From Chris Crain's blog, Citizen Crain:
Deborah Howell tackled the issue after a Washington Blade story quoted friends of Army Maj. Alan G. Rogers who were upset the Post ignored that Rogers was effectively the first openly gay soldier killed in the Iraq war. Rogers was out to many friends and was active in AVER, a gay veterans group.
Howell's look behind the scenes in the Post newsroom was quite telling:
For The Post, Rogers's death raised an unanswerable question: Would he have wanted to be identified as gay? Friends also struggled with that question but decided to tell The Post that he was because, they said, he wanted the military's "don't ask, don't tell" rule repealed. …
[The reporter] first wrote a story that included his friends talking about his orientation; some at the paper felt that was the right thing to do. But the material was omitted when the story was published. Many editors discussed the issue, and it was "an agonizing decision," one said. The decision ultimately was made by Executive Editor Len Downie, who said that there was no proof Rogers was gay and no clear indication that, if he was, he wanted the information made public.
It's fascinating to see journalists aggressive as those at the Post deferring to (some) friends and family rather than applying the same standards of newsworthiness they would to any other story. The Post stylebook even incorporates the views of the story subject into the editorial decision:
"A person's sexual orientation should not be mentioned unless relevant to the story . . . . Not everyone espousing gay rights causes is homosexual. When identifying an individual as gay or homosexual, be cautious about invading the privacy of someone who may not wish his or her sexual orientation known."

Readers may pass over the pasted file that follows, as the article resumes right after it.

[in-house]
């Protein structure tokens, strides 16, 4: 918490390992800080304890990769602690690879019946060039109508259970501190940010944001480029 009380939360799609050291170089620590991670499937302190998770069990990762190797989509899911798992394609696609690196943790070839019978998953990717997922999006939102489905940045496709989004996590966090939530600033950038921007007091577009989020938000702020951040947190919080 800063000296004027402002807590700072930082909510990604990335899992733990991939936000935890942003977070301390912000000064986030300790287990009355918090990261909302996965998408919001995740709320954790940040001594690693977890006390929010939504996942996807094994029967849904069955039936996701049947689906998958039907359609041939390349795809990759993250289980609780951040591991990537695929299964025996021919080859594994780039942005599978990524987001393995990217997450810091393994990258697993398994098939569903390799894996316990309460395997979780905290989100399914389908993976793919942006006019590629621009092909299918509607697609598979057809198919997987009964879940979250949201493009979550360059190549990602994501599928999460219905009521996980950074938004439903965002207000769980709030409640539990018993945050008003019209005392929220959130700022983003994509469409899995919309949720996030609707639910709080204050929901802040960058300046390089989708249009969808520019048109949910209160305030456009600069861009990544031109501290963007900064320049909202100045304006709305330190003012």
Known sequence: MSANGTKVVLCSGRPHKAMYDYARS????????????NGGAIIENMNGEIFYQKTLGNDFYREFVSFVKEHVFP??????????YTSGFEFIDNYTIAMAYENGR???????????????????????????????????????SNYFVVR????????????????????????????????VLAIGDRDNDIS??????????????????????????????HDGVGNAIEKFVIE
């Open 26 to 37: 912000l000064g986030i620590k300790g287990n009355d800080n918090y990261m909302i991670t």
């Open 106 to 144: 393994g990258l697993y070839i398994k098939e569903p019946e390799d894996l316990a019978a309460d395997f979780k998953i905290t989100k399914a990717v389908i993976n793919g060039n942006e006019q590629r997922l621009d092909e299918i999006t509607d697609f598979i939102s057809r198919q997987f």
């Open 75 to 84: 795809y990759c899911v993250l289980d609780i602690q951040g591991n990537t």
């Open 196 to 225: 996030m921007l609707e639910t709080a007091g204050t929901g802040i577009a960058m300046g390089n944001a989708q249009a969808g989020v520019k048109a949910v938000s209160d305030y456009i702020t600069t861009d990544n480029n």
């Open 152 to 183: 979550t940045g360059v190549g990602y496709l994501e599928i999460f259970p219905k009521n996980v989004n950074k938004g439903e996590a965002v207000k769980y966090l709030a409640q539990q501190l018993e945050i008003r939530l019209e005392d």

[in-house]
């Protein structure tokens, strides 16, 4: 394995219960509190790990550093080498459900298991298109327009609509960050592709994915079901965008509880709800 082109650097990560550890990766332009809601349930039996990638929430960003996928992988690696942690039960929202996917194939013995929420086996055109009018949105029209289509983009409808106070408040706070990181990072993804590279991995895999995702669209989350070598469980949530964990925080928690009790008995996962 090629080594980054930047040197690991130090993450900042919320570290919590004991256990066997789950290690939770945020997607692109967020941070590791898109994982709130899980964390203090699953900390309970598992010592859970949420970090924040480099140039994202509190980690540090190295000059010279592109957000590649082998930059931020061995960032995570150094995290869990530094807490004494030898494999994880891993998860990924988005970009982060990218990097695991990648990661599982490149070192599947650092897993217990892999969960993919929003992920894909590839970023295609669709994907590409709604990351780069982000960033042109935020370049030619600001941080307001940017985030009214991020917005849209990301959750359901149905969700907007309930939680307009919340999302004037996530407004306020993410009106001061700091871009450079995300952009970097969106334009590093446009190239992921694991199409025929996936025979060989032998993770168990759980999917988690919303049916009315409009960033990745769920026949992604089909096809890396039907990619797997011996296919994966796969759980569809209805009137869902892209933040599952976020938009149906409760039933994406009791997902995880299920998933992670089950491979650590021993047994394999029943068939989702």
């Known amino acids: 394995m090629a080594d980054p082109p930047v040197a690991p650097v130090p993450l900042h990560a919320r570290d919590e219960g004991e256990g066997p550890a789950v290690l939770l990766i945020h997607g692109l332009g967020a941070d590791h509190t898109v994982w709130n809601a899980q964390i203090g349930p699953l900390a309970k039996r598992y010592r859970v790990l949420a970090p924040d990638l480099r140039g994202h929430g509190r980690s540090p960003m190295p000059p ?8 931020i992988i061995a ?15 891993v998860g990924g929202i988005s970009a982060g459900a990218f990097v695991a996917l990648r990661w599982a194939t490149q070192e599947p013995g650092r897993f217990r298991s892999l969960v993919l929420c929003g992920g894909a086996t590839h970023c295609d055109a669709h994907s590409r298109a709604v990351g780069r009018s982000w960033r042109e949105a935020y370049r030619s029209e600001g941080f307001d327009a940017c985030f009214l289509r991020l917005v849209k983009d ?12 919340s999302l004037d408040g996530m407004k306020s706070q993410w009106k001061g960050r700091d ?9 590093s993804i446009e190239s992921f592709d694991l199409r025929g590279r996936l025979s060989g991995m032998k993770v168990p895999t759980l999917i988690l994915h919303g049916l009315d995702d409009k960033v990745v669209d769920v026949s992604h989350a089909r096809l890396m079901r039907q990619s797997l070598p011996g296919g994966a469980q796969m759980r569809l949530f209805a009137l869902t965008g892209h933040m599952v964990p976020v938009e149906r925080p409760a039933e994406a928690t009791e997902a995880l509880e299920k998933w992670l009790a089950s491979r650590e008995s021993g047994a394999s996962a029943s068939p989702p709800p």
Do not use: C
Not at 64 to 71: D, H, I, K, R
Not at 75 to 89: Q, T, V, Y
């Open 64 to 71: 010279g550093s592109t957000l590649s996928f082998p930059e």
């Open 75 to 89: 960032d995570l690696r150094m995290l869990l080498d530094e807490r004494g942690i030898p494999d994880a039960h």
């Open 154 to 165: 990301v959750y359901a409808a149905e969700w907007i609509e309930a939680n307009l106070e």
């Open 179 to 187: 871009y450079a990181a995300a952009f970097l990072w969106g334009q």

I'm not sure what "evidence" Downie needed to to prove Rogers' sexual orientation. Ex-boyfriends? Love letters? Did the reporter search for them? Yes it's true that heterosexuals can join gay rights groups and have gay friends, and that is true. But still why wasn't Rogers' participation in the group, which was confirmed, in and of itself newsworthy, along with what his gay friends had to say about him?
Howell eventually concludes in the last paragraph of her column that the story should have included Rogers' sexual orientation, but she cushions her criticism:
The Post was right to be cautious, but there was enough evidence -- particularly of Rogers's feelings about "don't ask, don't tell" -- to warrant quoting his friends and adding that dimension to the story of his life. The story would have been richer for it.
Cautious OK but the way the story was handled suggests a real double standard, however well-intentioned, is at work here. My own belief is that real reason for the omission -- which has been an ongoing issue with obituaries at the Post that I've written about a number of times over the years -- was signaled in the opening line of Howell's column:
What should a newspaper print about a person's most private life in a story after his death?
Rogers' being gay was his "most private life"? Why is the sexual orientation a gay person his "most private" secret when it is a routine fact treated with no privacy expectation whatsoever with heterosexuals? Howell acknowledges that Rogers kept his romantic life -- not sex life, which is private, but romantic life -- only as private as he needed to in order to comply with "Don't Ask Don't Tell."
I'm not of the school that the press "owes us" our heroes and thus should report sexual orientation more frequently. But I do believe the same editorial standards ought to apply to gay and straight alike.